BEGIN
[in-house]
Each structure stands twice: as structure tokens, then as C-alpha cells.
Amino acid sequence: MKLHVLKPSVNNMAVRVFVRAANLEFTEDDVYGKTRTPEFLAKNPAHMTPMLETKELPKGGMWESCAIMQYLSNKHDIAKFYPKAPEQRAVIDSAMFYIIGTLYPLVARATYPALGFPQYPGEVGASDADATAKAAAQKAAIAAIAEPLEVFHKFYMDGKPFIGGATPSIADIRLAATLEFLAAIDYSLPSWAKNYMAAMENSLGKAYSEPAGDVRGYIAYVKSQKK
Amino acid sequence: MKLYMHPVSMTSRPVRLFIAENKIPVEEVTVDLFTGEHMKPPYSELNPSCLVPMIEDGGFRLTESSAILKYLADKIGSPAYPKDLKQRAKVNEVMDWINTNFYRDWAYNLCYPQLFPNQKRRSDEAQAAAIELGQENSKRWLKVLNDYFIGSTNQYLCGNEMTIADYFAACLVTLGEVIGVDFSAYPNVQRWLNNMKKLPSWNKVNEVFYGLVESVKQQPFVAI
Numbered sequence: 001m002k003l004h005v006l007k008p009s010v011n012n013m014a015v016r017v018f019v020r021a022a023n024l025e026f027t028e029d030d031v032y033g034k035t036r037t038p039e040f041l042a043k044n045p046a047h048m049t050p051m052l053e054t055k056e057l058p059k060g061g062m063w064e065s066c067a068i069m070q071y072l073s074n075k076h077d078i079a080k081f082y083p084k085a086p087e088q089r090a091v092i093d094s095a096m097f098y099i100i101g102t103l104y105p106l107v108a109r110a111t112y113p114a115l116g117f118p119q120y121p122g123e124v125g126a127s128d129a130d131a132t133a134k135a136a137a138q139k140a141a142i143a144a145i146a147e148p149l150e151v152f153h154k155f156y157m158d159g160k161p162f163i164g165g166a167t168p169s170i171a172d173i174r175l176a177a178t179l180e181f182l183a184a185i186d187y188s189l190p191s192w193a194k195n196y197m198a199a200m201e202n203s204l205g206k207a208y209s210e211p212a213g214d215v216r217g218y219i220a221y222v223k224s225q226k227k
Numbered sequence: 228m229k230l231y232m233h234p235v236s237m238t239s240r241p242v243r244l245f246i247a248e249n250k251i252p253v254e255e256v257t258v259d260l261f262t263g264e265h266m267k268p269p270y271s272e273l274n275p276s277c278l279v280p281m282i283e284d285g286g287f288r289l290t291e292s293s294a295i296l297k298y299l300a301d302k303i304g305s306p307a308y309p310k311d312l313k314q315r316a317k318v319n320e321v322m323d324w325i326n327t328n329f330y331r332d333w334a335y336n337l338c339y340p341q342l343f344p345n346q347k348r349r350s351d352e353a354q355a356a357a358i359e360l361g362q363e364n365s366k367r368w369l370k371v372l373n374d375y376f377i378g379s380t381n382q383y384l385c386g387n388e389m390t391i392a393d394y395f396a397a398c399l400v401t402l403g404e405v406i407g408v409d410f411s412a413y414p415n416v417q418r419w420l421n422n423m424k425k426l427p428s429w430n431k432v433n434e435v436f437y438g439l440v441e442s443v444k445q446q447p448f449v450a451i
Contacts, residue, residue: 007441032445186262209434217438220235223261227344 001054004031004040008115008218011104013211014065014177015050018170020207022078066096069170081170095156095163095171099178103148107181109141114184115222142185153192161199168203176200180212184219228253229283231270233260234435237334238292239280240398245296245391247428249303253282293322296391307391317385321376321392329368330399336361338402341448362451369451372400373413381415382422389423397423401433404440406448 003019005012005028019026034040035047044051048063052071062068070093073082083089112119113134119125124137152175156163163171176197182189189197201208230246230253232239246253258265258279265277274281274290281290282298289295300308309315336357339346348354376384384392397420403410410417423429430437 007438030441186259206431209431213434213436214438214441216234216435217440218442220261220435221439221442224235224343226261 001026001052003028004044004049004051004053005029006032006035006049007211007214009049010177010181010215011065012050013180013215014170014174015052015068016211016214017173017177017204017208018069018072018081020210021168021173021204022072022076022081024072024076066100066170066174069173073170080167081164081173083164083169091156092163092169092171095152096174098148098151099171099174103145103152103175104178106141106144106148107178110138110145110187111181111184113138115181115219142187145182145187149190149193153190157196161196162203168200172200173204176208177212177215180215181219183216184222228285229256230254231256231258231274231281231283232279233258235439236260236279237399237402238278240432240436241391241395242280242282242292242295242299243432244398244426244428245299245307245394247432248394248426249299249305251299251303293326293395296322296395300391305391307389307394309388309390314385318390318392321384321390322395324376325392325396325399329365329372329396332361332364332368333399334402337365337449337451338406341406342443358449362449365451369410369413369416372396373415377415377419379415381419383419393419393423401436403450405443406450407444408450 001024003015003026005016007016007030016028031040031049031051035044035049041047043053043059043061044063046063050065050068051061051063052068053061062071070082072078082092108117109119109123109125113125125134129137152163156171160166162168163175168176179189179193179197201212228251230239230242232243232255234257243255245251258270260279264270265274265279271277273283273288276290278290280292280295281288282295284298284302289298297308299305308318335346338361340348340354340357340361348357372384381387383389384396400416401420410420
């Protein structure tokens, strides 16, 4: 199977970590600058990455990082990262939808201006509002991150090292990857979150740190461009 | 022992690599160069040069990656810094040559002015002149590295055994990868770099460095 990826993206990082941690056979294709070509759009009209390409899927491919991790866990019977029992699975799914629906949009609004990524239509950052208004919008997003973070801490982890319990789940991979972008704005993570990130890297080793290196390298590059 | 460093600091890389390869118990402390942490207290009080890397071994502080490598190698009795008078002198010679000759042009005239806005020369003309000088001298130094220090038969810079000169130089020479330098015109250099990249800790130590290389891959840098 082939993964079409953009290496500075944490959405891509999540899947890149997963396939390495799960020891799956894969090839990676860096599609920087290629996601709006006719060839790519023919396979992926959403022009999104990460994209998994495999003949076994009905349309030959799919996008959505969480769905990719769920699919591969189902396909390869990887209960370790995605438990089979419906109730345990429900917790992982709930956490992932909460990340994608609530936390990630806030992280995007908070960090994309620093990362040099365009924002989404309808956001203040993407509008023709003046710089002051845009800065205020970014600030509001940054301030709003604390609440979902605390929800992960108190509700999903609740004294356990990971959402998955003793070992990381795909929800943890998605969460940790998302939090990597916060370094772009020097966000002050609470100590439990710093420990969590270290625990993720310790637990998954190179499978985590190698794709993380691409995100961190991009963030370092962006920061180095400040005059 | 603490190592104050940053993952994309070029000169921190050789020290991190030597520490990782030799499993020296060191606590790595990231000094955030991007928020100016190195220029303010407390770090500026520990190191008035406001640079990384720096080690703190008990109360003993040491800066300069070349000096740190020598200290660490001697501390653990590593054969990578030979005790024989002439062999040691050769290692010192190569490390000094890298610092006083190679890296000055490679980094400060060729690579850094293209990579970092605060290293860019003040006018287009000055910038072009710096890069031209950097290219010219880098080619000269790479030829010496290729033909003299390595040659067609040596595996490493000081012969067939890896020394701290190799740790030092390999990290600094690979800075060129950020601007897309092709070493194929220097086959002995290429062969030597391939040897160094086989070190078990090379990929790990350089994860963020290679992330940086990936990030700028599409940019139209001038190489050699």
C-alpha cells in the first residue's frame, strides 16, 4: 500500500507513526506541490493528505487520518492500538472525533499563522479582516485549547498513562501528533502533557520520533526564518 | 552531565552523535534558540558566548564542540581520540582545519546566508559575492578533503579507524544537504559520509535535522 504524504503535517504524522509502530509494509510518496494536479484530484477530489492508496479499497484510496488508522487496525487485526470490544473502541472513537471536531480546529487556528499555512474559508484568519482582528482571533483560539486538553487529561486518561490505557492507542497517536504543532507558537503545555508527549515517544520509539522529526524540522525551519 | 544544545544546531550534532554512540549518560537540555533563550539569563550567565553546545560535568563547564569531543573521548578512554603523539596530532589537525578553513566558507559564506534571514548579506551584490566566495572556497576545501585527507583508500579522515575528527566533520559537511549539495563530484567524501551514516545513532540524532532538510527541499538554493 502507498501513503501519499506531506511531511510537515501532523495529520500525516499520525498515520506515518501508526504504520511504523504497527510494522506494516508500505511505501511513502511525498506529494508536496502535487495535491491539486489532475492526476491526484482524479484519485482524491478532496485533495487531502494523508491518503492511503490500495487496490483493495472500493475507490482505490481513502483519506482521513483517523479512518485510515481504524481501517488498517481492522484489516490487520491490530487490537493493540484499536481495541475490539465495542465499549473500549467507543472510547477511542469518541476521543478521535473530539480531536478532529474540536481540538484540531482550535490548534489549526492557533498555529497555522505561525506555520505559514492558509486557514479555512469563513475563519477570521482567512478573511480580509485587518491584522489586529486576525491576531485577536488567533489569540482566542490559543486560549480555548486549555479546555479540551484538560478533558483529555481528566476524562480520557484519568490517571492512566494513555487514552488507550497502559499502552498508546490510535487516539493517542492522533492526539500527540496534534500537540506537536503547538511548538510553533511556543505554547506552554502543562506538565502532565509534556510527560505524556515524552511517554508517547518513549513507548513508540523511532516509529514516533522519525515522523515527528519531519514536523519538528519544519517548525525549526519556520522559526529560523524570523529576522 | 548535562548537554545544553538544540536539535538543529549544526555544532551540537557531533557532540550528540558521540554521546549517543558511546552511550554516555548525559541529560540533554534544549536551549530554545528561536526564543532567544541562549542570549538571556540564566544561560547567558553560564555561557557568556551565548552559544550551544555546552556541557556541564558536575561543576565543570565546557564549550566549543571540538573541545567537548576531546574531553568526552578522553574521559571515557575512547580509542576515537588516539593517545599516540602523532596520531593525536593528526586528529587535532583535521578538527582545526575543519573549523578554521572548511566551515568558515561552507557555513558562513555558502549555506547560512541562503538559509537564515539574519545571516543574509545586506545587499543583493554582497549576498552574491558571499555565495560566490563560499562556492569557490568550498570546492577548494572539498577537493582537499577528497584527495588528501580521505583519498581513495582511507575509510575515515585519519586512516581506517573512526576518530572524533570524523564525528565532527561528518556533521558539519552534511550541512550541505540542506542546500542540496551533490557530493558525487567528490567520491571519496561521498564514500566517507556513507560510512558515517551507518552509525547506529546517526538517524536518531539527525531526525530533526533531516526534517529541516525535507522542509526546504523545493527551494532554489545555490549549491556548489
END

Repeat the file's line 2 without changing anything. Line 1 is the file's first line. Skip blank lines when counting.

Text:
Each structure stands twice: as structure tokens, then as C-alpha cells.